What better thing to do on a long holiday weekend than visit and explore a new city? Desperate to escape the chilly early December weather of Spain’s interior, I settled on Valencia. I’d already had a brief, enjoyable visit to the Costa Blanca, and I’d heard good things about the bigger city to the north. Without much of an itinerary at all, I set off on a Thursday for a 4-day excursion to Valencia.
How to Do Valencia: Stay With a Great AirBnB Host
No guide book or self-researched travel itinerary beats the hands-on help of a capable and compatible host. Luckily, I found both in Guillermo, my AirBnB host in Valencia. Not only did he meet me at the train station on arrival, he was kind enough to share his lunch with me after showing me the way to his flat.
|Home-cooked lunch at Guillermo’s
As we chatted over lunch, I learned that Guillermo was a native of El Salvador, and was studying urban planning and development. He’d lived off and on in Valencia for 16 years, so I knew he was well qualified to give me some good advice on what to see and do around town.
|Guillermo’s surprised face when he’s not expecting to be photographed.
Before I headed out to do some exploring on my own, Guillermo provided me a selection of maps to use during my stay, and quickly gave me the lay of the land.
Where I Stayed: AirBnB Private Room in Ruzafa, Valencia
How to Do Valencia: See the Sights in Ciutat Vella (Old Town)
After resting up a bit, I decided to head out and walk around the historic area of Valencia, otherwise known as Ciutat Vella. Despite Guillermo’s map and explaining, I managed to get a little turned around during my stroll, but still found my way to the following points of interest.
|Porta de la Mar – at the eastern end of Ciutat Vella
|Christmas lights and shopping on Carrer del Pau
|The Valencia Cathedral, or, the Metrpolitan Cathedral-Basilica of the Assumption of Our Lady of Valencia
|Torres de Serranos at the northern end of Ciutat Vella, El Carmen
|Torres de Serranos – front view
|Christmas lights at the Plaza del Ayuntamiento in Valencia
|Plaza de Toros, Valencia
Sights to See in Ciutat Vella, Valencia (Spanish)
How to Do Valencia: Wander Around the Ruzafa Market
Saturday morning on a holiday weekend. I wake up early-ish, and the only thing on my mind is, “Gawd, I hope the market is open.” As I mentioned in an earlier post
, visiting the local market is one of my favorite ways to get a sense of the culture and flavor of a Spanish city. The Ruzafa market was a treat, and I spent at least an hour strolling through, peering at the fresh items on offer at each of the stalls, and trying to stay out of the way of the old folks who were out early getting their shopping done before the official start of the holiday. I was even able to try a few free samples – 1 was of some amazing roasted pumpkins (I bought a half to take home for a snack later), and the other was of a really nice cava on sale at a wine shop in the market. Guillermo joined me at the market later and showed me to a coffee shop in the market that serves coffee for free (tips accepted) – since they make their money on bulk sales of beans. A great way to start the day!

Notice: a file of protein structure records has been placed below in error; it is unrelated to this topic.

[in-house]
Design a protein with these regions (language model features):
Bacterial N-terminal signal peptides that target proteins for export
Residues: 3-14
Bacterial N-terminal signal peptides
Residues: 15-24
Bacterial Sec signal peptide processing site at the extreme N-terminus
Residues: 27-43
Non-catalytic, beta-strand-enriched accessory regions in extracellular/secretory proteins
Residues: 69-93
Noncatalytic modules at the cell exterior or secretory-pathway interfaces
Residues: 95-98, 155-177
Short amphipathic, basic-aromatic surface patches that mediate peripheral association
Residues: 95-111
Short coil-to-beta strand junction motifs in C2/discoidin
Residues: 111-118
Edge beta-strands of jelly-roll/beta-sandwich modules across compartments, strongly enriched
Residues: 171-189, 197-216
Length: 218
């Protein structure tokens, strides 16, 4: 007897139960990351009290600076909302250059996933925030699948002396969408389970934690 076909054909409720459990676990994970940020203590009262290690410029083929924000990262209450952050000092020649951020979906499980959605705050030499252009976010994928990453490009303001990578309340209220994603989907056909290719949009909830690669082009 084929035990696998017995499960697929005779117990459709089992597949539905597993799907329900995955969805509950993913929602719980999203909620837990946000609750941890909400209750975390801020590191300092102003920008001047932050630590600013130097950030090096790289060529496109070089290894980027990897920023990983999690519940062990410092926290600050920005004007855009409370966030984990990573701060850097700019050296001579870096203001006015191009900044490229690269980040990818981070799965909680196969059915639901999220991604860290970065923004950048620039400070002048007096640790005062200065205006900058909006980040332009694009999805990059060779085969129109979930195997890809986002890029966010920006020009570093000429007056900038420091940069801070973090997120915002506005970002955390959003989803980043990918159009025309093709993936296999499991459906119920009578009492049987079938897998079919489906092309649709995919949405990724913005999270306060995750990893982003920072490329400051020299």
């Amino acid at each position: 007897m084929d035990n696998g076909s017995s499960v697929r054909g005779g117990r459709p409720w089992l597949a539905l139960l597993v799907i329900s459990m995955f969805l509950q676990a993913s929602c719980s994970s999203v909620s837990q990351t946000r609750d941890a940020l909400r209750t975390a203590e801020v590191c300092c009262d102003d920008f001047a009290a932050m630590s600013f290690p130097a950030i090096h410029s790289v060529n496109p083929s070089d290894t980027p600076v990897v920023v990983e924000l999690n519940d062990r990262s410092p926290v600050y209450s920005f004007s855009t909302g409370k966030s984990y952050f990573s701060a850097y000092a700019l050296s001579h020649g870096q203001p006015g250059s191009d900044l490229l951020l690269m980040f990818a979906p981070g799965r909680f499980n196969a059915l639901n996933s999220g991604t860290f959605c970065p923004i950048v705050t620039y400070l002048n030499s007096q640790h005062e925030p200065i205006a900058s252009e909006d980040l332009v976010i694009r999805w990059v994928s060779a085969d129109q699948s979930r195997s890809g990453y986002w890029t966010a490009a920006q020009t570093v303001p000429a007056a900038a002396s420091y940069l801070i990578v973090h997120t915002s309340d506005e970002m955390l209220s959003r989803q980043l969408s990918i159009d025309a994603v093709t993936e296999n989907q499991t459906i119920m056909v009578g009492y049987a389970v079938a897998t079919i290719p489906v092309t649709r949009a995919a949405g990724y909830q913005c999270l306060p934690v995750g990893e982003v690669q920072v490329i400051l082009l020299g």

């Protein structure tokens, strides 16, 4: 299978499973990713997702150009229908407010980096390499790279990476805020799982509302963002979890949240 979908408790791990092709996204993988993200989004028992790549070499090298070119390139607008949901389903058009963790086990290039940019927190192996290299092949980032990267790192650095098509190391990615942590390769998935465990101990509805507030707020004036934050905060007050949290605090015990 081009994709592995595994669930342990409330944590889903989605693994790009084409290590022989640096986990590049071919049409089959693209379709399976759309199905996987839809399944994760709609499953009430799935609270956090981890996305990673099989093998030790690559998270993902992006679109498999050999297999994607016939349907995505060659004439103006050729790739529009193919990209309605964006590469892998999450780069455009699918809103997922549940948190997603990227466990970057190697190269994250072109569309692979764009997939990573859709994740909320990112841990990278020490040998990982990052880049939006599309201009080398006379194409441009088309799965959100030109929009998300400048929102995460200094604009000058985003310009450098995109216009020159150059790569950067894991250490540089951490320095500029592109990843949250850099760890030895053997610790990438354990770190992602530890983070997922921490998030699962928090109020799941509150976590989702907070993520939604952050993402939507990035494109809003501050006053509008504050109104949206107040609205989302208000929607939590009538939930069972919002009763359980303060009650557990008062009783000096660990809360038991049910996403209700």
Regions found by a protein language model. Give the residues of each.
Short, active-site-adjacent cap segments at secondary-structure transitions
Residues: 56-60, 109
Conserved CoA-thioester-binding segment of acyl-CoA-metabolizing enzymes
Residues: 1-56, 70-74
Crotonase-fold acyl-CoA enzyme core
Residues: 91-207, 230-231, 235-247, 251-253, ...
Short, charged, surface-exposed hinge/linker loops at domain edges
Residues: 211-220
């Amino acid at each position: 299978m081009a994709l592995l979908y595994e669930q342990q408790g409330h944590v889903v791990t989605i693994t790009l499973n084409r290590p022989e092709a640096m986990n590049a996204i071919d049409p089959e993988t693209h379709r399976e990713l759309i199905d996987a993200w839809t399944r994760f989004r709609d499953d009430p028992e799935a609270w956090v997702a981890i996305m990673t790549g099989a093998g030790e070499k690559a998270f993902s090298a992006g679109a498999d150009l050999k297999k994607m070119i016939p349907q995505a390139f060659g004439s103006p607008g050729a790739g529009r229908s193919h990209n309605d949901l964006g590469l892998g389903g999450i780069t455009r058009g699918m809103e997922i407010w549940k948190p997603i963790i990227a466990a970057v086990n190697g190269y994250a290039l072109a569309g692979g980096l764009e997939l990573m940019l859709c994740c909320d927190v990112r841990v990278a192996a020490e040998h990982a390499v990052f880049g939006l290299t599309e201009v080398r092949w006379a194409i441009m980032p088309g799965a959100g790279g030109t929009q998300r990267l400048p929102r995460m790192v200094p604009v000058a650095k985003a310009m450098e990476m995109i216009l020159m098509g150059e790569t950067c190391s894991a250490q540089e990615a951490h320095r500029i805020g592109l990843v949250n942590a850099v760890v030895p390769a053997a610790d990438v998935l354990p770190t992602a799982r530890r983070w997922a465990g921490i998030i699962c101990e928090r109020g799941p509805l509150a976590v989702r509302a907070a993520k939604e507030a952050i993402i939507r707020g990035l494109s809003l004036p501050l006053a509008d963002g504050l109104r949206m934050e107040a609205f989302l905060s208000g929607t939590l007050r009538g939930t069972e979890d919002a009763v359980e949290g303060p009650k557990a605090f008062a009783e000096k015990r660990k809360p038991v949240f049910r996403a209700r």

|Free samples of cava? Why yes, thank you.
|roasted pumpkins – you get to try before you buy
Ruzafa Market Hours & Info
How to Do Valencia: Taste Authentic Argentinian Italian Pizza
I had no idea that there was a significant Italian community in Argentina, but I found out when I visited La Nonna – an Argentinian Italian restaurant in Valencia. The owners hail from Argentina, and the restaurant’s menu boasts a mouth-watering selection of brick-oven Italian pizzas along with some Argentinian steak and meat dishes.
The pizzas are top notch – crispy but tender crust, fresh topping, and the gooiest of cheeses. La Nonna features a daily menu that allows you to select a salad or small plate as a first course, your choice of pizza, along with drink and a dessert for about 12euro.
|Carpaccio de pulpo – La Nonna
|Veggie pizza at La Nonna
Calle Puerto Rico, 16
How to Do Valencia: Hang with the Hipster Set at Calypso
We enter the smallish bar and order a couple of beers. As my eyes adjust to the darkness, I wonder not only where I am, but when. The music is a non-stop selection of 60s surfer and ska tunes .The DJ, who for some unexplicable reason is wearing a Mexcan luchador mask, seems thrilled to be providing the ambience for the evening. He bobs his head and does a little funky two step to the music. I scan the rest of the room, taking in the scene. The decor is best described as retro tiki chic. Overhead, a tiny tv is showing original versions of the Super Friends cartoon. I am the only one paying it any attention, however. The rest of the steadily swelling crowd at Calypso presents varying shades of hipster as they chat and sip their drinks. Skinny jeans, wallet chains, lumberjack shirts, carefully ungroomed beards, blunt-cut bangs, cat eye glasses, red-as-red-can-be lipstick… all the expected accoutrements are there. Well, all except one. There’s a total lack of irony among the patrons, instead there’s an easy, genuine feeling of ‘hey, we’re just here to have a good time, not to pose and look cute.’ As I approach the bar for my second round, the bartender holds up a vintage camera and captures me with a flash. The luchador-DJ points and nods his approval.